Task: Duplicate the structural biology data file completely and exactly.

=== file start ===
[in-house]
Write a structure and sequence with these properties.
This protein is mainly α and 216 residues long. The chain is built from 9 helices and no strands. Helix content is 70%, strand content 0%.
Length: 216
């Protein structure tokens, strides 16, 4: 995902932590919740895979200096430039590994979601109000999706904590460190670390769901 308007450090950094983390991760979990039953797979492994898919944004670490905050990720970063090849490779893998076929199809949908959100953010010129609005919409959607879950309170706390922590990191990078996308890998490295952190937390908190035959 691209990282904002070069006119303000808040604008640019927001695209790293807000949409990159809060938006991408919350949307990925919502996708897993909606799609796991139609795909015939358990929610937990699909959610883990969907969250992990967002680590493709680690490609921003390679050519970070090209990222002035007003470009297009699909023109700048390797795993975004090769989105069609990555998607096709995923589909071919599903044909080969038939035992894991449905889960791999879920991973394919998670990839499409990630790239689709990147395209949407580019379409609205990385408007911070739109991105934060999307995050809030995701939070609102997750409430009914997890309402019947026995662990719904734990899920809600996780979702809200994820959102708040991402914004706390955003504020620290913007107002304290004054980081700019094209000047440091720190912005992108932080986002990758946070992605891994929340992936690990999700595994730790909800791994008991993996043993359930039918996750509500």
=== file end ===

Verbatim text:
[in-house]
Write a structure and sequence with these properties.
This protein is mainly α and 216 residues long. The chain is built from 9 helices and no strands. Helix content is 70%, strand content 0%.
Length: 216
């Protein structure tokens, strides 16, 4: 995902932590919740895979200096430039590994979601109000999706904590460190670390769901 308007450090950094983390991760979990039953797979492994898919944004670490905050990720970063090849490779893998076929199809949908959100953010010129609005919409959607879950309170706390922590990191990078996308890998490295952190937390908190035959 691209990282904002070069006119303000808040604008640019927001695209790293807000949409990159809060938006991408919350949307990925919502996708897993909606799609796991139609795909015939358990929610937990699909959610883990969907969250992990967002680590493709680690490609921003390679050519970070090209990222002035007003470009297009699909023109700048390797795993975004090769989105069609990555998607096709995923589909071919599903044909080969038939035992894991449905889960791999879920991973394919998670990839499409990630790239689709990147395209949407580019379409609205990385408007911070739109991105934060999307995050809030995701939070609102997750409430009914997890309402019947026995662990719904734990899920809600996780979702809200994820959102708040991402914004706390955003504020620290913007107002304290004054980081700019094209000047440091720190912005992108932080986002990758946070992605891994929340992936690990999700595994730790909800791994008991993996043993359930039918996750509500």